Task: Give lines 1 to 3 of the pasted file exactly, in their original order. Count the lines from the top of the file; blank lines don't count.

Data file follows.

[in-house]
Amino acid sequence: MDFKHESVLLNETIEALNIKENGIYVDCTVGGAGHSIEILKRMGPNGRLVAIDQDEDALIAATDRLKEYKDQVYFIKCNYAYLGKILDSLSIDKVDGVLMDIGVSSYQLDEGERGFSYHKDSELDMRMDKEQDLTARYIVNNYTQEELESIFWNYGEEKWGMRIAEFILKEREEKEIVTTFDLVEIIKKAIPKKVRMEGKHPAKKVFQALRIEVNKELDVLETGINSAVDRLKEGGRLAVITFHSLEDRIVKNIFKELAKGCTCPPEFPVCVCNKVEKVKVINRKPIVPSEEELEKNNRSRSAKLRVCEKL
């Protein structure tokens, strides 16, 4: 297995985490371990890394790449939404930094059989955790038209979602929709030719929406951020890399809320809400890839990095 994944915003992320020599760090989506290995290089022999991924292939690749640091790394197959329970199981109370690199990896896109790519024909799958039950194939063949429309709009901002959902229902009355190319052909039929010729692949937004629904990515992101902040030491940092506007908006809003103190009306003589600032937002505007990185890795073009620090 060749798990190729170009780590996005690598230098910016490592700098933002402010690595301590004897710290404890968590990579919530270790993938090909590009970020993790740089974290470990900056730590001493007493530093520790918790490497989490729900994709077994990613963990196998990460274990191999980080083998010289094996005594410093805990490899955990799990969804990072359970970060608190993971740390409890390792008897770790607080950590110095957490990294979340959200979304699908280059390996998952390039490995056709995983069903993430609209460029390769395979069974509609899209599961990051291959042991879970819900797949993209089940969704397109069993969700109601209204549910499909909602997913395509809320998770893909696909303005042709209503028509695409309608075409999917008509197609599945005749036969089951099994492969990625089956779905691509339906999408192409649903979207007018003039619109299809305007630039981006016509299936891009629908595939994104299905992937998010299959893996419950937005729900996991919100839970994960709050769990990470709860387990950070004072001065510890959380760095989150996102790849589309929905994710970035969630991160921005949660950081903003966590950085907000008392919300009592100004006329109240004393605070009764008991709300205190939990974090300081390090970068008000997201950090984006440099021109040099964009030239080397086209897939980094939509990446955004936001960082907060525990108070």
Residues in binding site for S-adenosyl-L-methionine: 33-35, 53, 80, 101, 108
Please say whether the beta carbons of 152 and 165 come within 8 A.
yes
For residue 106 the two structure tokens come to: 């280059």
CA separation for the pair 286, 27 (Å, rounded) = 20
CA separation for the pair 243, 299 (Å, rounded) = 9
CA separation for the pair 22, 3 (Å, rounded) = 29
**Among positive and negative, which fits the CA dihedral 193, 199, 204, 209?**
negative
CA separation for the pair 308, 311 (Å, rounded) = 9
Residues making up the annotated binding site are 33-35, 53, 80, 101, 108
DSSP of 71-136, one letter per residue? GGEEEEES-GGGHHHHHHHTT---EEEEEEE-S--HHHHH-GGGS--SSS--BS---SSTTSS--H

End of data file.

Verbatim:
[in-house]
Amino acid sequence: MDFKHESVLLNETIEALNIKENGIYVDCTVGGAGHSIEILKRMGPNGRLVAIDQDEDALIAATDRLKEYKDQVYFIKCNYAYLGKILDSLSIDKVDGVLMDIGVSSYQLDEGERGFSYHKDSELDMRMDKEQDLTARYIVNNYTQEELESIFWNYGEEKWGMRIAEFILKEREEKEIVTTFDLVEIIKKAIPKKVRMEGKHPAKKVFQALRIEVNKELDVLETGINSAVDRLKEGGRLAVITFHSLEDRIVKNIFKELAKGCTCPPEFPVCVCNKVEKVKVINRKPIVPSEEELEKNNRSRSAKLRVCEKL
């Protein structure tokens, strides 16, 4: 297995985490371990890394790449939404930094059989955790038209979602929709030719929406951020890399809320809400890839990095 994944915003992320020599760090989506290995290089022999991924292939690749640091790394197959329970199981109370690199990896896109790519024909799958039950194939063949429309709009901002959902229902009355190319052909039929010729692949937004629904990515992101902040030491940092506007908006809003103190009306003589600032937002505007990185890795073009620090 060749798990190729170009780590996005690598230098910016490592700098933002402010690595301590004897710290404890968590990579919530270790993938090909590009970020993790740089974290470990900056730590001493007493530093520790918790490497989490729900994709077994990613963990196998990460274990191999980080083998010289094996005594410093805990490899955990799990969804990072359970970060608190993971740390409890390792008897770790607080950590110095957490990294979340959200979304699908280059390996998952390039490995056709995983069903993430609209460029390769395979069974509609899209599961990051291959042991879970819900797949993209089940969704397109069993969700109601209204549910499909909602997913395509809320998770893909696909303005042709209503028509695409309608075409999917008509197609599945005749036969089951099994492969990625089956779905691509339906999408192409649903979207007018003039619109299809305007630039981006016509299936891009629908595939994104299905992937998010299959893996419950937005729900996991919100839970994960709050769990990470709860387990950070004072001065510890959380760095989150996102790849589309929905994710970035969630991160921005949660950081903003966590950085907000008392919300009592100004006329109240004393605070009764008991709300205190939990974090300081390090970068008000997201950090984006440099021109040099964009030239080397086209897939980094939509990446955004936001960082907060525990108070």